Home media servers, AUPs, and upstream bandwidth utilization.

Thomas Leavitt thomas at thomasleavitt.org
Mon Dec 25 08:25:21 UTC 2006

Check the AUP and TOS for that EVDO connection - my guess is that by 
viewing stuff from your Slingbox, you're risking termination of service. 
I don't have an EVDO connection myself (still toodling along with my 
Sidekick's GPRS), and part of the reason why is that they have a lot of 
what I think are unreasonable restrictions on how these services can be 
used -- this is based on what I've read on the various mailing lists I'm 
on (Dave Farber's IP, Declan McCullagh's Politech, and Dewayne 
Hendrick's Dewayne-Net).

I don't know how significant restrictions like this are from a 
competitive perspective, but my broadband ISP also has a very liberal 
TOS... and that's one of the reasons I use them. I suspect that as items 
like the Slingbox become more common, folks will start paying more 
attention to what they're permitted to do with their upstream bandwidth.


Roland Dobbins wrote:
> I recently purchased a Slingbox Pro, and have set it up so that I can 
> remotely access/control my home HDTV DVR and stream video remotely.  
> My broadband access SP specifically allow home users to run servers, 
> as long as said servers don't cause a problem for the SP 
> infrastructure nor for other users or doing anything illegal; as long 
> as I'm not breaking the law or making problems for others, they don't 
> care.
> The Slingbox is pretty cool; when I access it, both the video and 
> audio quality are more than acceptable.  It even works well when I 
> access it via EVDO; on average, I'm pulling down about 450kb/sec up to 
> about 580kb/sec over TCP (my home upstream link is a theoretical 
> 768kb/sec, minus overhead; I generally get something pretty close to 
> that).
> What I'm wondering is, do broadband SPs believe that this kind of 
> system will become common enough to make a signficant difference in 
> traffic paterns, and if so, how do they believe it will affect their 
> access infrastructures in terms of capacity, given the typical 
> asymmetries seen in upstream vs. downstream capacity in many broadband 
> access networks?  If a user isn't doing something like breaking the 
> law by illegally redistributing copyrighted content, is this sort of 
> activity permitted by your AUPs?  If so, would you change your AUPs if 
> you saw a significant shift towards non-infringing upstream content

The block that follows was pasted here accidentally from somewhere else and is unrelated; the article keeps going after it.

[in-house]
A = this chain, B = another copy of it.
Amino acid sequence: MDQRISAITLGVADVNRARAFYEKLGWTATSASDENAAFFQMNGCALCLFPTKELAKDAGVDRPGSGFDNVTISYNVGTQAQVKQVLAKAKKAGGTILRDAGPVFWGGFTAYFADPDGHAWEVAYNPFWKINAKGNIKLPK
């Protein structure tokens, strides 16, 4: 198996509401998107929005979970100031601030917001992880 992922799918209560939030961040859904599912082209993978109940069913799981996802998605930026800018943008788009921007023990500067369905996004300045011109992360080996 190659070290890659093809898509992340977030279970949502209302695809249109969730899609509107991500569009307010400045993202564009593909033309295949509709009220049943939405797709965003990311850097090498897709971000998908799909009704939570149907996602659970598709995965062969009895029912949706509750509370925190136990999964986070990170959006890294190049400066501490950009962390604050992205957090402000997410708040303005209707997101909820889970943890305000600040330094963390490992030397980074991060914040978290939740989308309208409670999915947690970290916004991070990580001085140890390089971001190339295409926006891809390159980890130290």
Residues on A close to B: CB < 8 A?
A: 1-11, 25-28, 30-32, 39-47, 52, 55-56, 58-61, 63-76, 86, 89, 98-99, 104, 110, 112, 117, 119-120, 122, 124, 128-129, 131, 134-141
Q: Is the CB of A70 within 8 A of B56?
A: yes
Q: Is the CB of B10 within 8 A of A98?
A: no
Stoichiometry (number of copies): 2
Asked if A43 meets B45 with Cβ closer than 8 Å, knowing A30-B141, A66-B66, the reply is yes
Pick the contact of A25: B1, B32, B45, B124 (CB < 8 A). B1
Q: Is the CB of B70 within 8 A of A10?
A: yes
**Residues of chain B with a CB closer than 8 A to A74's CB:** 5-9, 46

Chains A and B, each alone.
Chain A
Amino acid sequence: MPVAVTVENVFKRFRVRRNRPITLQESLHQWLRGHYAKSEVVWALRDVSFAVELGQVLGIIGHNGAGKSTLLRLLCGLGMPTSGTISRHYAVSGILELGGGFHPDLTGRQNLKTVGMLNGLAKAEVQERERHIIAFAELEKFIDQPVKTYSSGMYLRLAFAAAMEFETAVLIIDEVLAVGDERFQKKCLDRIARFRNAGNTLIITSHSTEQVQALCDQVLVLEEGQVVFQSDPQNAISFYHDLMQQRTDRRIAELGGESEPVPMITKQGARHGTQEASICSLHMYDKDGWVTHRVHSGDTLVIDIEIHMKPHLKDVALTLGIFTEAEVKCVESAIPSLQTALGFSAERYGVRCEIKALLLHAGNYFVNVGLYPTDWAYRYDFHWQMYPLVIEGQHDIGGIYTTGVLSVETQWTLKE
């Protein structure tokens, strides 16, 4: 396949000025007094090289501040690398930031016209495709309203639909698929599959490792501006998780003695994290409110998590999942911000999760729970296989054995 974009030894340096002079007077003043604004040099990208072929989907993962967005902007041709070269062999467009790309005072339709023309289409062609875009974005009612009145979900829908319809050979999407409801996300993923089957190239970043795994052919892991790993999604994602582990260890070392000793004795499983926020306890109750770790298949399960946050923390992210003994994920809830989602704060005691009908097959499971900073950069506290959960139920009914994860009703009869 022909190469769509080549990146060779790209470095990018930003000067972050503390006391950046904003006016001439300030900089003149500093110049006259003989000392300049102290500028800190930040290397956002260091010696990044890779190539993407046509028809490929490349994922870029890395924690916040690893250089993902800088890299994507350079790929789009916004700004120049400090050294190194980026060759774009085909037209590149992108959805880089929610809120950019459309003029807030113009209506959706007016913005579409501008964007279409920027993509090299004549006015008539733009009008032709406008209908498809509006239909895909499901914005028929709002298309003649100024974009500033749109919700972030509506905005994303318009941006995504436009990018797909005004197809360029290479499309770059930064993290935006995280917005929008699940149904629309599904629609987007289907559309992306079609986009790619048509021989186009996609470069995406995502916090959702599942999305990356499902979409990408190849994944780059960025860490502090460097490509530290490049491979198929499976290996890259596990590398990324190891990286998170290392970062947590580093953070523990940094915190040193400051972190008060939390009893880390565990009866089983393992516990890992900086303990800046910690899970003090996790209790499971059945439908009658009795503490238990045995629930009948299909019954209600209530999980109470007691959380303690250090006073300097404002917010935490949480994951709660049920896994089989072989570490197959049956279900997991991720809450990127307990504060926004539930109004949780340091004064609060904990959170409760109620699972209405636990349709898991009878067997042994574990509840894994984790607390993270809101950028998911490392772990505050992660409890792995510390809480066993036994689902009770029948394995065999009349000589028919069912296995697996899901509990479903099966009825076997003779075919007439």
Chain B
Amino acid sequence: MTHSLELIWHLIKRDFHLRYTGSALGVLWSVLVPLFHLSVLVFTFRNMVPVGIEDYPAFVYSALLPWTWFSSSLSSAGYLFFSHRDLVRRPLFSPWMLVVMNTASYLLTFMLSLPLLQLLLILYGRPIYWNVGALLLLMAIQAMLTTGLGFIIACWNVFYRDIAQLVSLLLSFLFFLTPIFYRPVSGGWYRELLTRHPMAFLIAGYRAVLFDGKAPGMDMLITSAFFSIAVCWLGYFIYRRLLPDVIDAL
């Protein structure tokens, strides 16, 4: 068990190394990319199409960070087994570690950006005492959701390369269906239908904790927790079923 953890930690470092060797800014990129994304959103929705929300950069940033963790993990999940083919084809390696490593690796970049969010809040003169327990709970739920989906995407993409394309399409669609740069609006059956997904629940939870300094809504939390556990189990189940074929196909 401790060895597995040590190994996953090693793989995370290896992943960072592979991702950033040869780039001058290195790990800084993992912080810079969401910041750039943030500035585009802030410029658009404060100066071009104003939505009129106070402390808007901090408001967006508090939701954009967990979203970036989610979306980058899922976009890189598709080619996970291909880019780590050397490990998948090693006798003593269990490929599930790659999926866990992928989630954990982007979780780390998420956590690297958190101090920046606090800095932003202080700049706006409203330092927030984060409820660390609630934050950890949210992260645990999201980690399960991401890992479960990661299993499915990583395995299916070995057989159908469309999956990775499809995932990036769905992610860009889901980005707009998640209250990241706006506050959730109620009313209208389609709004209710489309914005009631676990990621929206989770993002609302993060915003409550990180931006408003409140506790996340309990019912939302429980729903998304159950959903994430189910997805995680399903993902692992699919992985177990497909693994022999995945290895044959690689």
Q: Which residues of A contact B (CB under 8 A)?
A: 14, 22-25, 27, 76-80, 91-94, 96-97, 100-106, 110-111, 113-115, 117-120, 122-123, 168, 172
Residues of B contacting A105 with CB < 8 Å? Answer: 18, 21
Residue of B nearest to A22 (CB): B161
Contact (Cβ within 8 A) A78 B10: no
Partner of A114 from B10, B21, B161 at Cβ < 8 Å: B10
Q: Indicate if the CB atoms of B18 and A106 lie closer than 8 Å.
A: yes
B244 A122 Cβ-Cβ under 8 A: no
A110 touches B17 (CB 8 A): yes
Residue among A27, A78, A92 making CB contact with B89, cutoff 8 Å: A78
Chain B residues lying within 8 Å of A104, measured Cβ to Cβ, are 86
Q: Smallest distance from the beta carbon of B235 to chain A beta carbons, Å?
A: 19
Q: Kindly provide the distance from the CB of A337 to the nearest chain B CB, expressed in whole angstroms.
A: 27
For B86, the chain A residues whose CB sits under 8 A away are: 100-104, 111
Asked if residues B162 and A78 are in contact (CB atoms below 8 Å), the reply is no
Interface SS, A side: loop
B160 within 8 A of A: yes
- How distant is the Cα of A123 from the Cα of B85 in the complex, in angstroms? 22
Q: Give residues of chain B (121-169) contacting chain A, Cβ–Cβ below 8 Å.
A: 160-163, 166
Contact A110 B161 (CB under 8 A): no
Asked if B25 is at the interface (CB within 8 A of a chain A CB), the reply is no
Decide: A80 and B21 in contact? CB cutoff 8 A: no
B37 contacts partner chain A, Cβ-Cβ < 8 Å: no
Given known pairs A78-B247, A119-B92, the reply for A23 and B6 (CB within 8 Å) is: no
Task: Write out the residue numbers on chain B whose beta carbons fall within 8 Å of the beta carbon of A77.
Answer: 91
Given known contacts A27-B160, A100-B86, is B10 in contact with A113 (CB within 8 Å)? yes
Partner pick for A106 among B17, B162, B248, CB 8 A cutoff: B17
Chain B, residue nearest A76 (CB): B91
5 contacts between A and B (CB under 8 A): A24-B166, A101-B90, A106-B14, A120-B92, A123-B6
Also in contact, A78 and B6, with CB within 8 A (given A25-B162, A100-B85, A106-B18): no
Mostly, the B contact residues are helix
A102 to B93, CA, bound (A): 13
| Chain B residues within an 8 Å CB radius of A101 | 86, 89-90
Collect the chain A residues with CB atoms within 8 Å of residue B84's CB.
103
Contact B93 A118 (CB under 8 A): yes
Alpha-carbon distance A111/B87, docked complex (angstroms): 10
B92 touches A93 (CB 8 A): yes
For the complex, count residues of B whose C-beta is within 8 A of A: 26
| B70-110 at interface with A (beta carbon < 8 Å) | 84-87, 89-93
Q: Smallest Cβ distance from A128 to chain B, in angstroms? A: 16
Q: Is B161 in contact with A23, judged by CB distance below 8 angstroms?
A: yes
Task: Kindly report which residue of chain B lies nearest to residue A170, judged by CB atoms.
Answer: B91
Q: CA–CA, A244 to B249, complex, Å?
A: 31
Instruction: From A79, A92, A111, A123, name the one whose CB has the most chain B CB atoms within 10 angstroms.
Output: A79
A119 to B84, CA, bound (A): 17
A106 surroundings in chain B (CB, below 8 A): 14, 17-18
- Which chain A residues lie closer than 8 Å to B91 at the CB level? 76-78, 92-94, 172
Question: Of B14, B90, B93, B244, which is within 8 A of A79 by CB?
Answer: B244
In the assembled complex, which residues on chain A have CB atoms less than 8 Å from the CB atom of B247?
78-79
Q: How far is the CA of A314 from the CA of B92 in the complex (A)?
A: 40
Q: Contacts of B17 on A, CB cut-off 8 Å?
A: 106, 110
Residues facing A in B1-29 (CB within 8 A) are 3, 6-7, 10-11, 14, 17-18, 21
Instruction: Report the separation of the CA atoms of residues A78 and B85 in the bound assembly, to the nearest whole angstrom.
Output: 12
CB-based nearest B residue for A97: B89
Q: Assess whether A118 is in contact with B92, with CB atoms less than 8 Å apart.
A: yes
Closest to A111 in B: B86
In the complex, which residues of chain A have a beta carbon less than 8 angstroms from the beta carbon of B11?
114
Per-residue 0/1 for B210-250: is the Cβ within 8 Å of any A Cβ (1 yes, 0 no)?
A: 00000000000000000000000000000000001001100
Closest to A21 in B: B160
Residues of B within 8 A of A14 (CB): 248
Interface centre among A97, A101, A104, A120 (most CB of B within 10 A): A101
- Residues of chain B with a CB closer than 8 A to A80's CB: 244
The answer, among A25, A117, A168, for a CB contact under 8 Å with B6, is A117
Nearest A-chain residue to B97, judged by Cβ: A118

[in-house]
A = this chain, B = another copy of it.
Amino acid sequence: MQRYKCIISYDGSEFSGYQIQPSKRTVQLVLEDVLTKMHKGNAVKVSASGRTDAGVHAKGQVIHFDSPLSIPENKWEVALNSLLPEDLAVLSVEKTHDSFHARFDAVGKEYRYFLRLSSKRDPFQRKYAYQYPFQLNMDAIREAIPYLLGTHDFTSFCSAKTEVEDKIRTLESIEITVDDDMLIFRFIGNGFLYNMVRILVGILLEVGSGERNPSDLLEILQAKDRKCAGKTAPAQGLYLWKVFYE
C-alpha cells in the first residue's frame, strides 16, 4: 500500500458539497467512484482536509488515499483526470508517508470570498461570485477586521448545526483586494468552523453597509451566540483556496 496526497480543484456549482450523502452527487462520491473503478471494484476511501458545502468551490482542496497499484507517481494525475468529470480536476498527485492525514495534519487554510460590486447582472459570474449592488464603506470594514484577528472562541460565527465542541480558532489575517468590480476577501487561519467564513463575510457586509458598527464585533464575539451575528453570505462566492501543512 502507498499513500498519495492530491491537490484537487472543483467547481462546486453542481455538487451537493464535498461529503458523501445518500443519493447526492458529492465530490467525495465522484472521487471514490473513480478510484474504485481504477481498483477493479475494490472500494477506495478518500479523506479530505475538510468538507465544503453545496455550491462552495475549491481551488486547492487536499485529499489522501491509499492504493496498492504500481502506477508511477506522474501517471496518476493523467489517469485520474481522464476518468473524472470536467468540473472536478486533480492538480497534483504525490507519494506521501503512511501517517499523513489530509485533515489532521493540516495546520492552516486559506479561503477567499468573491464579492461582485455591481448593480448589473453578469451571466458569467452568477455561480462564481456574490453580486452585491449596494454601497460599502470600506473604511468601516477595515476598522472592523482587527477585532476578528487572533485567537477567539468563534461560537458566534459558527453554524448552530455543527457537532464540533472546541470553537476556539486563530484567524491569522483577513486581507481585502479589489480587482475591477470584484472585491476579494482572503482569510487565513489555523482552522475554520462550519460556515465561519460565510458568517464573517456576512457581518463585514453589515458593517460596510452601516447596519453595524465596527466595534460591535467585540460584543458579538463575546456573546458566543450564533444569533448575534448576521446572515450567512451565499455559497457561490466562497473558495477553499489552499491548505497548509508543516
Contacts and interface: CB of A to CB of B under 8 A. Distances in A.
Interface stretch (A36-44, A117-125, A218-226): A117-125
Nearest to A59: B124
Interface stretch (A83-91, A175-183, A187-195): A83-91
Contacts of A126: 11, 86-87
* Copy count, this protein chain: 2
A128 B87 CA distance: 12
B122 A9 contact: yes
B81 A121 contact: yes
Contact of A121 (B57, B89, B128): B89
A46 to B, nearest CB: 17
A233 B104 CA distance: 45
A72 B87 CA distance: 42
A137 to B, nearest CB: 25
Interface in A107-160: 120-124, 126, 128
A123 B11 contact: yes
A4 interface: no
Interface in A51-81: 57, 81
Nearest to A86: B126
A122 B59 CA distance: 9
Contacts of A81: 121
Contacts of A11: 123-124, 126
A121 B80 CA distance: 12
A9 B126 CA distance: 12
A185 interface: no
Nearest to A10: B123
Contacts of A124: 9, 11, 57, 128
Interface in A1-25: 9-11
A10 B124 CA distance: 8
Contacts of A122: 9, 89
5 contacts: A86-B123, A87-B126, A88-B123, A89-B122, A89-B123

> streaming by your broadband access customers?  If not, would you 
> consider changing your AUPs in order to allow this sort of upstream 
> content streaming of non-infringing content, with the caveat that 
> users can't caused problems for your infrastructure or for other 
> users, and perhaps with a bandwidth cap?
> Would you police down this traffic if you could readily classify it, 
> as many SPs do with P2P applications?  Would the fact that this type 
> of traffic doesn't appear to be illegal or infringing in any way lead 
> you to treat it differently than P2P traffic (even though there are 
> many legitimate uses for P2P file-sharing systems, the presumption 
> always seems to be that the majority of P2P traffic is in 
> illegally-redistributed copyrighted content, and thus P2P technologies 
> seem to've acquired a taint of distaste from many quarters, rightly or 
> wrongly).
> Also, have you considered running a service like this yourselves, a la 
> Vidoeconferencing is somewhat analogous, but in most cases, 
> videoconference calls (things like iChat, Skype videoconferencing, 
> etc.) generally seem to use a less bandwidth than the Slingox, and it 
> seems to me that they will in most cases be of shorter duration than, 
> say, a business traveler who wants to keep up with Lost or 24 and so 
> sits down to stream video from his home A/V system for 45 minutes to 
> an hour at a stretch.
> Sorry to ramble, this neat little toy just sparked a few questions, 
> and I figured that some of you are dealing with these kinds of issues 
> already, or are anticipating doing so in the not-so-distant future.  
> Any insight or informed speculation greatly appreciated!
> -----------------------------------------------------------------------
> Roland Dobbins <rdobbins at cisco.com> // 408.527.6376 voice
>         All battles are perpetual.
>                -- Milton Friedman

Thomas Leavitt - thomas at thomasleavitt.org - 831-295-3917 (cell)

*** Independent Systems and Network Consultant, Santa Cruz, CA ***

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